I know a hot tub nees to be protected by a GFCI. But I also thought it needed to be within reach/sight of the tub. I can’t find that requirement anywhere. Am I wrong?
See no reason it would be required.
Cut off switches for workers is what you may be mixing it up with.
Thanks Bob - maybe I confused it with an A/C or furnace service switch.
Beginning with the 2008 NEC (2009 IRC), the GFCI for a hydromassage bathtub has to be “readily accessible”. That means that you can get to it without having to remove a panel (such as the access panel provided for the motor). You’ll often see the GFCI in an adjacent closet or water closet to meet this requirement.
(It does not have to be within sight.)
Do you mean a hot tub or a hydromassage tub? There seems to be some confusion in this thread and the answer may be different depending on which one you’re referring to.
680.41 A clearly labeled emergency shutoff or control switch for the purpose of stopping the motor(s) that provide power to the recirculation system and jet system shall be installed at a point readily accessible to the users and not less than 1.5 m (5ft) away, adjacent to, and within sight of the spa or hot tub. This requirement shall not apply to single-family dwellings.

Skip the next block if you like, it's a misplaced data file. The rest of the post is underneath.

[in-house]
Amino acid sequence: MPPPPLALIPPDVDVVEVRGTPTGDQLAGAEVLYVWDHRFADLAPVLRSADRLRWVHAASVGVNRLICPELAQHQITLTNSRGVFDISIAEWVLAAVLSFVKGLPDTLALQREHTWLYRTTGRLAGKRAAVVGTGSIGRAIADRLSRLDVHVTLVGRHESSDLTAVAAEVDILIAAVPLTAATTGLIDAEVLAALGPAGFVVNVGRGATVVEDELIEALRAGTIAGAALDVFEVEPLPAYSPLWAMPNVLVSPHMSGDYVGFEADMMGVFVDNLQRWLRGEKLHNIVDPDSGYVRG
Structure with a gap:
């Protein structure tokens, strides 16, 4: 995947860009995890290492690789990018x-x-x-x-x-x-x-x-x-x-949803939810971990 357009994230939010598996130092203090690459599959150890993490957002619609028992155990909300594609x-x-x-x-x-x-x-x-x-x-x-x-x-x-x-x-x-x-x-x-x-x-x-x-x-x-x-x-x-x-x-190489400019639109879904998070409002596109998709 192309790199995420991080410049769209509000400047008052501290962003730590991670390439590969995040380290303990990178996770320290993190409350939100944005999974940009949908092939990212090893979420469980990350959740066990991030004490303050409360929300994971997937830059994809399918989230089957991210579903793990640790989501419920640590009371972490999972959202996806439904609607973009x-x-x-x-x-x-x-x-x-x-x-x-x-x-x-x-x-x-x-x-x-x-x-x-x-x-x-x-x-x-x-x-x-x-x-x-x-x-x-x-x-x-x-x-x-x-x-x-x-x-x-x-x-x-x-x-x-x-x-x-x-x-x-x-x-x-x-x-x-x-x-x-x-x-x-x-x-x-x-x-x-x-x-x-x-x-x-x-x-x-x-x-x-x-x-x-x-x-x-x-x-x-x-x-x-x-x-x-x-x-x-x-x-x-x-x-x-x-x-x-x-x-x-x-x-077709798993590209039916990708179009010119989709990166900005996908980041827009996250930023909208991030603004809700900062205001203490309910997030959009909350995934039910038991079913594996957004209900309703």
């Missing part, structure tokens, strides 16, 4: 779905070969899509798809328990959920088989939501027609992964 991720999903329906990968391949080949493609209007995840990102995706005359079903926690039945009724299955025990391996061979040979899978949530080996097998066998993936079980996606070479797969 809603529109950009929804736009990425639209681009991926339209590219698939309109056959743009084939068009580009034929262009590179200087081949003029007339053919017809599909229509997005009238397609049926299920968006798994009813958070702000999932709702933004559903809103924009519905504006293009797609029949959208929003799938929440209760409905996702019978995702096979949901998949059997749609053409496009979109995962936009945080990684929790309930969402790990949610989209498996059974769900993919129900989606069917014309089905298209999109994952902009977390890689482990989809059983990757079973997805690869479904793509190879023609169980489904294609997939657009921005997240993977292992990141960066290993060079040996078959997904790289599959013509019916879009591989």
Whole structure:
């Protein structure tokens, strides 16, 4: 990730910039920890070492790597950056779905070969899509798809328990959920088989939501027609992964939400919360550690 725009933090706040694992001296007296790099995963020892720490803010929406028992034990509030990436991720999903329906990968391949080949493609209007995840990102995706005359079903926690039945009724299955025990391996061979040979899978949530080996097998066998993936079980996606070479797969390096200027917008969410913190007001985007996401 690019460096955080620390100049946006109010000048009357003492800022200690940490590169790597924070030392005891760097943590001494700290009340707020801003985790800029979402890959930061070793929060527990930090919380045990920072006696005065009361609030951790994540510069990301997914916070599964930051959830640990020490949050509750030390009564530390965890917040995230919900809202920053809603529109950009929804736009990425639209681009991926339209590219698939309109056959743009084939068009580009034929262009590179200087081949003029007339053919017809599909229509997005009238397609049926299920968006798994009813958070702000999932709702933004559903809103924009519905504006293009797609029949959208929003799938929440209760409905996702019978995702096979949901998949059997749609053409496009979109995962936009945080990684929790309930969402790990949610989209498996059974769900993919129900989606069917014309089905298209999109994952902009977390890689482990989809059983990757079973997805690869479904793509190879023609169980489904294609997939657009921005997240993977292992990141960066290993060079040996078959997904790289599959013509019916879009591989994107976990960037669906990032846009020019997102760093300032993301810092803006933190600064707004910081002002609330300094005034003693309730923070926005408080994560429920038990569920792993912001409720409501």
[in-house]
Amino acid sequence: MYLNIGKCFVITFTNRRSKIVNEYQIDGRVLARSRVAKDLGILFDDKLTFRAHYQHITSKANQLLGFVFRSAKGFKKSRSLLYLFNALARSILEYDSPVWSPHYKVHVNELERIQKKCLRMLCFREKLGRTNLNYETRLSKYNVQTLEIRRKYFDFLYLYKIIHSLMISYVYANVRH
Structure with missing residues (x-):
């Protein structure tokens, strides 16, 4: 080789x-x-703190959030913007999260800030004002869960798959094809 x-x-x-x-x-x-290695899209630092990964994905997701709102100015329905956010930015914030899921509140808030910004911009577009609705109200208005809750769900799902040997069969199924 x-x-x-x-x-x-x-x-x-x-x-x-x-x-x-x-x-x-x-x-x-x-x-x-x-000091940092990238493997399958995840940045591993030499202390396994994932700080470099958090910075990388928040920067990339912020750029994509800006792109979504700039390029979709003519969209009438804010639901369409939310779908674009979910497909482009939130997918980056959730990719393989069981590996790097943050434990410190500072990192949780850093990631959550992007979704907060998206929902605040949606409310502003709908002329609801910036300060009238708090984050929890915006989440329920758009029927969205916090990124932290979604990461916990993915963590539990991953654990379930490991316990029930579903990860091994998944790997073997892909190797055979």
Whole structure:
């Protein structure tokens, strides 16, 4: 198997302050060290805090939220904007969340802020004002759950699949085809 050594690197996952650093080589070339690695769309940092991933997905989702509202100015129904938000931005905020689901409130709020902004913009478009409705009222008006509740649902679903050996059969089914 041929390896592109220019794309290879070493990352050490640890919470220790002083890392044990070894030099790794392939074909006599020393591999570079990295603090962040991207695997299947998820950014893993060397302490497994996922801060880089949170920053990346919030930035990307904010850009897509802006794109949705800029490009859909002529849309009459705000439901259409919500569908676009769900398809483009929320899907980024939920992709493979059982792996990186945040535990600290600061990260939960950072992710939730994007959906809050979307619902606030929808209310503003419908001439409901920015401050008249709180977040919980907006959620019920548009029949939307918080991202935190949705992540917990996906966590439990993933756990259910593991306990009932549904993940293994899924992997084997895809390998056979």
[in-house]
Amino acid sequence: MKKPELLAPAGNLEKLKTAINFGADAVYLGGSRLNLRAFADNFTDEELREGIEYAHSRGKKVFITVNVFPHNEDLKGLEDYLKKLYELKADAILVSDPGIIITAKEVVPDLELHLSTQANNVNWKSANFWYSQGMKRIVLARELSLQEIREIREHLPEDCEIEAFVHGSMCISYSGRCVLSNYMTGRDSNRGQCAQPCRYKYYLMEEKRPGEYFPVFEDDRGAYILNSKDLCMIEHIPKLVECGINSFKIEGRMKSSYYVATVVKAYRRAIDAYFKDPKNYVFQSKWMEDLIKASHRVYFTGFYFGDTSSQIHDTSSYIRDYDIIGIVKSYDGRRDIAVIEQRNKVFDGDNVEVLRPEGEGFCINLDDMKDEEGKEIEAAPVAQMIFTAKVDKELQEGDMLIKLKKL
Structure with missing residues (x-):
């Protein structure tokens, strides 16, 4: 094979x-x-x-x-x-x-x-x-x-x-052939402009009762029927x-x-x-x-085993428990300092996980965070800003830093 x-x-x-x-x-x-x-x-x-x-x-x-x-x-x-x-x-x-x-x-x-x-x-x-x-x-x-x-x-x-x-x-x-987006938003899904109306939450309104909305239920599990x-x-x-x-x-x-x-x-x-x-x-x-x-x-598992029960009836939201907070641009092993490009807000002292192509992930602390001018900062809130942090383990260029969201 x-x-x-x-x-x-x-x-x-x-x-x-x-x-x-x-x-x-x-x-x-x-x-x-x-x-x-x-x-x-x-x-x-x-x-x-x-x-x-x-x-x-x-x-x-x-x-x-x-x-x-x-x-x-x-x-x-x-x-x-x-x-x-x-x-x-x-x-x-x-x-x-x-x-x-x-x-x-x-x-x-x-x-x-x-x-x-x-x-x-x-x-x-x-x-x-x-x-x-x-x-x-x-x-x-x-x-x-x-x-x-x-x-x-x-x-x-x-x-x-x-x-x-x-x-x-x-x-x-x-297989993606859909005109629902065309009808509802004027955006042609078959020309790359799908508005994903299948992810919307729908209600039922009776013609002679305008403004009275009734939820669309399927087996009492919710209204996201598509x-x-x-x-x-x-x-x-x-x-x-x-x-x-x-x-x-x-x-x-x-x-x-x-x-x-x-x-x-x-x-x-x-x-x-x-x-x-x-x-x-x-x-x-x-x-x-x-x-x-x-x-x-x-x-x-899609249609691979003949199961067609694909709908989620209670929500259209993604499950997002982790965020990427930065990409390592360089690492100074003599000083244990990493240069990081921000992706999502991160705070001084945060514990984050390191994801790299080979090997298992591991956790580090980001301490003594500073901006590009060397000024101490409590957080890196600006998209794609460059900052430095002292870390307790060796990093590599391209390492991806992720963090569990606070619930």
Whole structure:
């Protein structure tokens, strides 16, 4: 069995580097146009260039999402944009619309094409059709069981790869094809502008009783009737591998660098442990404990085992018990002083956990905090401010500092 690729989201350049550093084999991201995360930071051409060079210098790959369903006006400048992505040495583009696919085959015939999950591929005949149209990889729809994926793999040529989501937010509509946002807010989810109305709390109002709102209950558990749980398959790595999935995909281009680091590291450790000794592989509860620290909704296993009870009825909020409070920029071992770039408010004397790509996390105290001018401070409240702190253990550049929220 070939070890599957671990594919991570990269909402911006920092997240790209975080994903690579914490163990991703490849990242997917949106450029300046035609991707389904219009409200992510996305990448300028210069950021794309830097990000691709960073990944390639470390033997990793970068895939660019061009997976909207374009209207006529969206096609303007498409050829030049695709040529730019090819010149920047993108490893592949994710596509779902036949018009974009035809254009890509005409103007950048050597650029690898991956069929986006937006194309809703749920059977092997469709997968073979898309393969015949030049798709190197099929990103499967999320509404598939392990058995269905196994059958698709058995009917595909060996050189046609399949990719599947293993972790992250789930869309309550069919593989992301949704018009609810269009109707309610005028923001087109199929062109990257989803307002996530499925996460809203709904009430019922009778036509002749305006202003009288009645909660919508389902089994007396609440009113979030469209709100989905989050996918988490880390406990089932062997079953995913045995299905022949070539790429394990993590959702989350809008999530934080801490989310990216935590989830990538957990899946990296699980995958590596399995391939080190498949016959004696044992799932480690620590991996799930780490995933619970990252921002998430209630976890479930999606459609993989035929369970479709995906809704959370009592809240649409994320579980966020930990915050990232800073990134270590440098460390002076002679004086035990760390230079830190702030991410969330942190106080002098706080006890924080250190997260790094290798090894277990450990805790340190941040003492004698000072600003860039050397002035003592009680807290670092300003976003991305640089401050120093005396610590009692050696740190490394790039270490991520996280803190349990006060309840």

[FONT=Arial][size=2]120 volt GFCI Protected Outlets - REQUIRED LOCATIONS
[FONT=Arial][size=2][FONT=Arial][size=2]5c. Indoor spa or hot tub, receptacles within 10 feet for pump motor.[/size][/size][/FONT][/FONT]
That is just saying that any outlet within 10’ of an indoor spa or hot tub has to be protected. (Like any outlet within 6’ of a laundry tub has to be protected.)
Note that in the code, a spa or hot tub is different from a hydromassage bathtub. An *indoor *spa/hot tub is little or no different from an outdoor spa/hot tub (the water is not usually drained after each use). Whereas a hydromassage bathtub is permanently fixed, usually drained after each use, and is what we normally encounter in the master bathroom. We should be as professional as possible and use the correct terms in our reports.
Does not apply to hydromassage bathtubs (what we find in bathrooms).
Greg, are you talking about a spa/hot tub or a hydromassage bathtub?
I understand, why included: [FONT=Arial]
Both hot tubs and hydromassage tubs require a disconnecting means. The emergency shutoff for hot tubs is a separate requirement.
This is an outdoor hot tub. It is at the back of the hosue and the GFCI 50amp breaker is in the main panel,. in the garage , at the front of the house. The hot tub is properly protected, but I had thought (and installed for my own hot tub) a shut off within sight of the hot tub. Taht was the question, within sight?
A hot tub falls under the same rules as a permanently installed pool which requires this:
House built in 96 = not sure when the hot tub was installed - When was the above put into the NEC?